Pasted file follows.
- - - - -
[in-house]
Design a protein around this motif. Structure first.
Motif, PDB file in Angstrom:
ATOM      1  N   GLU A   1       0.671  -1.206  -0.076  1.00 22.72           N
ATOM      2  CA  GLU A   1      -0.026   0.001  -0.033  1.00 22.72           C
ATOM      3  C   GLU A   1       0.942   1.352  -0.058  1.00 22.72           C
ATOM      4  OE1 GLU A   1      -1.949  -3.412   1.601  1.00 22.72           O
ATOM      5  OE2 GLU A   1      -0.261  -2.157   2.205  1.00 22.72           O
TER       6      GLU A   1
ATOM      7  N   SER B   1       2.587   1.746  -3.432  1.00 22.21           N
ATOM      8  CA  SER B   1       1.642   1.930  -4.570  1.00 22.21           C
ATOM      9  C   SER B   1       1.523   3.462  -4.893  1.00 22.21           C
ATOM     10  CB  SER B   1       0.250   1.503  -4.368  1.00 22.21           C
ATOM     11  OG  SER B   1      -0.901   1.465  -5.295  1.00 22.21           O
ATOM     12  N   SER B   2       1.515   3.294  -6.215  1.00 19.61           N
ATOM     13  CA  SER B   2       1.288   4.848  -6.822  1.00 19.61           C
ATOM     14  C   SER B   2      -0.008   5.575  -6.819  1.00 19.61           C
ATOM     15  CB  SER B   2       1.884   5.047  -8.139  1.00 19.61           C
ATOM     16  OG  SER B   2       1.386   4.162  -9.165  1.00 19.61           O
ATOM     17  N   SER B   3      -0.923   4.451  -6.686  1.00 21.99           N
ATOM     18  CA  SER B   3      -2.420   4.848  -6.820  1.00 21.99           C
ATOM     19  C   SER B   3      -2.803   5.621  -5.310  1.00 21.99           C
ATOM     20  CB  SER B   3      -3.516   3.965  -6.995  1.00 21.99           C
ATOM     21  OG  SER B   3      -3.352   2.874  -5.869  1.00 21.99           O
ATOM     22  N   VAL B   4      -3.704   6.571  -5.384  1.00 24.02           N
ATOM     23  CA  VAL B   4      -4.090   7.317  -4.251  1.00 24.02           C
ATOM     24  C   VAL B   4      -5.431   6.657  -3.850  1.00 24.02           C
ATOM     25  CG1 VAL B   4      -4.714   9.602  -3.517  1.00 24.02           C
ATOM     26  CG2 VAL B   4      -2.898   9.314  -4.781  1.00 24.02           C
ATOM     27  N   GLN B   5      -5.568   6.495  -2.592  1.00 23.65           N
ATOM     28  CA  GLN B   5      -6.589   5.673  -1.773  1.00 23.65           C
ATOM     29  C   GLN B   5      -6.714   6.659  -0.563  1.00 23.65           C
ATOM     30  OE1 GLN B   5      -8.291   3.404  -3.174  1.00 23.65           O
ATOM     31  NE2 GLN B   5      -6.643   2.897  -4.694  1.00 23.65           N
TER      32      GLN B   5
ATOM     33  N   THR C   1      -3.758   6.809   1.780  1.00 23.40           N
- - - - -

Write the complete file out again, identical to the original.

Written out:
[in-house]
Design a protein around this motif. Structure first.
Motif, PDB file in Angstrom:
ATOM      1  N   GLU A   1       0.671  -1.206  -0.076  1.00 22.72           N
ATOM      2  CA  GLU A   1      -0.026   0.001  -0.033  1.00 22.72           C
ATOM      3  C   GLU A   1       0.942   1.352  -0.058  1.00 22.72           C
ATOM      4  OE1 GLU A   1      -1.949  -3.412   1.601  1.00 22.72           O
ATOM      5  OE2 GLU A   1      -0.261  -2.157   2.205  1.00 22.72           O
TER       6      GLU A   1
ATOM      7  N   SER B   1       2.587   1.746  -3.432  1.00 22.21           N
ATOM      8  CA  SER B   1       1.642   1.930  -4.570  1.00 22.21           C
ATOM      9  C   SER B   1       1.523   3.462  -4.893  1.00 22.21           C
ATOM     10  CB  SER B   1       0.250   1.503  -4.368  1.00 22.21           C
ATOM     11  OG  SER B   1      -0.901   1.465  -5.295  1.00 22.21           O
ATOM     12  N   SER B   2       1.515   3.294  -6.215  1.00 19.61           N
ATOM     13  CA  SER B   2       1.288   4.848  -6.822  1.00 19.61           C
ATOM     14  C   SER B   2      -0.008   5.575  -6.819  1.00 19.61           C
ATOM     15  CB  SER B   2       1.884   5.047  -8.139  1.00 19.61           C
ATOM     16  OG  SER B   2       1.386   4.162  -9.165  1.00 19.61           O
ATOM     17  N   SER B   3      -0.923   4.451  -6.686  1.00 21.99           N
ATOM     18  CA  SER B   3      -2.420   4.848  -6.820  1.00 21.99           C
ATOM     19  C   SER B   3      -2.803   5.621  -5.310  1.00 21.99           C
ATOM     20  CB  SER B   3      -3.516   3.965  -6.995  1.00 21.99           C
ATOM     21  OG  SER B   3      -3.352   2.874  -5.869  1.00 21.99           O
ATOM     22  N   VAL B   4      -3.704   6.571  -5.384  1.00 24.02           N
ATOM     23  CA  VAL B   4      -4.090   7.317  -4.251  1.00 24.02           C
ATOM     24  C   VAL B   4      -5.431   6.657  -3.850  1.00 24.02           C
ATOM     25  CG1 VAL B   4      -4.714   9.602  -3.517  1.00 24.02           C
ATOM     26  CG2 VAL B   4      -2.898   9.314  -4.781  1.00 24.02           C
ATOM     27  N   GLN B   5      -5.568   6.495  -2.592  1.00 23.65           N
ATOM     28  CA  GLN B   5      -6.589   5.673  -1.773  1.00 23.65           C
ATOM     29  C   GLN B   5      -6.714   6.659  -0.563  1.00 23.65           C
ATOM     30  OE1 GLN B   5      -8.291   3.404  -3.174  1.00 23.65           O
ATOM     31  NE2 GLN B   5      -6.643   2.897  -4.694  1.00 23.65           N
TER      32      GLN B   5
ATOM     33  N   THR C   1      -3.758   6.809   1.780  1.00 23.40           N